Generally, employers see being bilingual as a valuable skill. Bilingual people more than their monolingual counterparts in many parts of the world. In Florida, bilingual workers earn $7000 per year more than their monolingual counterparts. In many American states, bilingual teachers receive a $5000 annual bonus. It’s also no coincidence that Luxembourg, with 99% of its population bilingual, has one of the highest per capita incomes in the world.
8. Being bilingual makes travelling easier and cheaper.
I know from experience that if you only speak English in China, life can be confusing and expensive (unless, of course, you’re lucky enough to have bilingual people on hand to help you out). Travellers who don’t speak Chinese can only visit high-end hotels and restaurants, and they need an expensive bilingual travel agent to book tours. When I was in Beijing in 2011, Great Wall tours were five times more expensive if you booked via an English-speaking agent instead of directly with the Chinese tour operator. Long-distance bus tickets were double the price for those who couldn’t haggle in Chinese, and China’s leading plane-ticket website is about 20% cheaper if you purchase via the Chinese-language version of the site instead of using the translated English version. Finally, of course, being fluent in Chinese earns you much more respect from the locals when you visit China.
We can’t choose our first language. However, we can choose our second, third and fourth languages. I studied English, French, German and Welsh in school but still chose to learn Mandarin Chinese after graduation from high school. Chinese attracted me because it trains parts of the brain that English doesn’t: it’s visual, logical and of increasing importance culturally and economically worldwide. For me, Chinese was the key to a fascinating culture very different from my own.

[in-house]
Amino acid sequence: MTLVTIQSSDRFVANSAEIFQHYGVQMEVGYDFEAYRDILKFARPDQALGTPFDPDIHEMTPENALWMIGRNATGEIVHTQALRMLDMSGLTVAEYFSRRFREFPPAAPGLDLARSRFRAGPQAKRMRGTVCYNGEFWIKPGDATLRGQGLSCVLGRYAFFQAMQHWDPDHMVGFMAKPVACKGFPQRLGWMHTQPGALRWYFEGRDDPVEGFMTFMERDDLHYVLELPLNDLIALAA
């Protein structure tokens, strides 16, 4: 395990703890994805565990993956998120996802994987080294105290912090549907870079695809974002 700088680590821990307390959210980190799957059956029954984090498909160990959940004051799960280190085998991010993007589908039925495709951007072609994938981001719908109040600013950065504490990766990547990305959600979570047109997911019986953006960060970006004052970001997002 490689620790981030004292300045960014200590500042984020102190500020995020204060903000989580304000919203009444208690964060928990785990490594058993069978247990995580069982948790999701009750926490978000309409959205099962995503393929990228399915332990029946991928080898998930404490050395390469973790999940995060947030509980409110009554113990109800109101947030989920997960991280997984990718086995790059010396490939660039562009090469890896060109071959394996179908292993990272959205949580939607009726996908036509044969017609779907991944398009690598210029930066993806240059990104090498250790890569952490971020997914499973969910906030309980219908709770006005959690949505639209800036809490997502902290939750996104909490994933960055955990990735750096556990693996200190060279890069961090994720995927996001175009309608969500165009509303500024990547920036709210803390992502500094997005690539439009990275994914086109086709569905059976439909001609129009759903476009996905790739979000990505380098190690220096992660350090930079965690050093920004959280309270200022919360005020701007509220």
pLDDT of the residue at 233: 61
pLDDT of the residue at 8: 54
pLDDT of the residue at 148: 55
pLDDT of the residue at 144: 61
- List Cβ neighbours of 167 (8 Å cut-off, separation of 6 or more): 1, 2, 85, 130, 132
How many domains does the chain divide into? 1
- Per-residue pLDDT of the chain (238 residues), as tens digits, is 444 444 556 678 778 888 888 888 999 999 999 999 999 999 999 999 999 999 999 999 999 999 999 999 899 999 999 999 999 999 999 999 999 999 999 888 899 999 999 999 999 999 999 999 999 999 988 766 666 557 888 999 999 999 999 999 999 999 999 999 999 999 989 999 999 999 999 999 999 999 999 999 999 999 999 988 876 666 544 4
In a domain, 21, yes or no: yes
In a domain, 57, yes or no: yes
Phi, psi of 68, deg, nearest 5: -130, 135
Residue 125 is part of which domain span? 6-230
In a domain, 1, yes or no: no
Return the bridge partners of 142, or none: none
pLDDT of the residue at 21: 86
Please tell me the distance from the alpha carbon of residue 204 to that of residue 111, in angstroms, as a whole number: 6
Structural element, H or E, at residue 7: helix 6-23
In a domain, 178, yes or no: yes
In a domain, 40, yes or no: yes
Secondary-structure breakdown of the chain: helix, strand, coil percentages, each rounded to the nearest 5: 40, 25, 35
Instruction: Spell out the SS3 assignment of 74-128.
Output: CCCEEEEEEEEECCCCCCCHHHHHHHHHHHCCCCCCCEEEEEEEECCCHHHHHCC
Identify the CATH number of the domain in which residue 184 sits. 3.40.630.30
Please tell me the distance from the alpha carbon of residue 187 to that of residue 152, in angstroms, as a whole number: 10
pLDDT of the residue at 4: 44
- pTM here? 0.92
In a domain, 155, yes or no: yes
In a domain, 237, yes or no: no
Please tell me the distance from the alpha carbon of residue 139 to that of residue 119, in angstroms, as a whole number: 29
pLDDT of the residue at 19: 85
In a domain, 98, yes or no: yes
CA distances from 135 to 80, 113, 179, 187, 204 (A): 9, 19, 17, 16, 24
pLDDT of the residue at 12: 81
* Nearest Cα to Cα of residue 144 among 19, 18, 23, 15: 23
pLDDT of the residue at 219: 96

9. It takes only 600 hours of dedicated study to learn many new languages!
The Foreign Service Institute (FSI) of the US Department of State has compiled approximate learning expectations for a number of languages based on the length of time it takes to achieve “proficiency” in each language. The good news is that some (French, Italian, German and more) can be learned in only 600 hours of dedicated study.
How many languages do you speak? What’s your next language?
For free language-learning materials, click here.
Which language will you choose to learn next? Can you think of any downsides to being bilingual? Put your ideas in the comments section below.
4 thoughts on “Got 600 Hours to Spare? Become Bilingual!”
I’ve been trying to learn Italian using Rosetta Stone (which has been quite helpful) but after my computer crashed I got out of the habit so I’ve got to start all over again. I really want to be bilingual and I seem to have an ear for individual words or phrases in languages but I really have a problem with sentence construction. It’s kind of annoying but I think it will be worth overcoming.
It’s definitely worth putting the time into learning a new language. Get back into studying it! Keep a tally of how many hours you spend learning it (rather like Kahn Academy does!). Let me know how you get on. 🙂
Hi everyone… for a complete method to become bilingual, I found this website which isn’t bad: http://www.learnlanguagesonyourown.com
I’m interested to know if you’ve consider whether the reasoning benefits (higher cognitive processes, better able to attend to important information and ignore the less important, better at multitasking, somewhat protected from the effects of dementia, better at spatial working memory tasks) are accessable to people who become bilingual, or whether people who tend to have these traits tend to become bilingual. Has the cause/effect relationship been examined?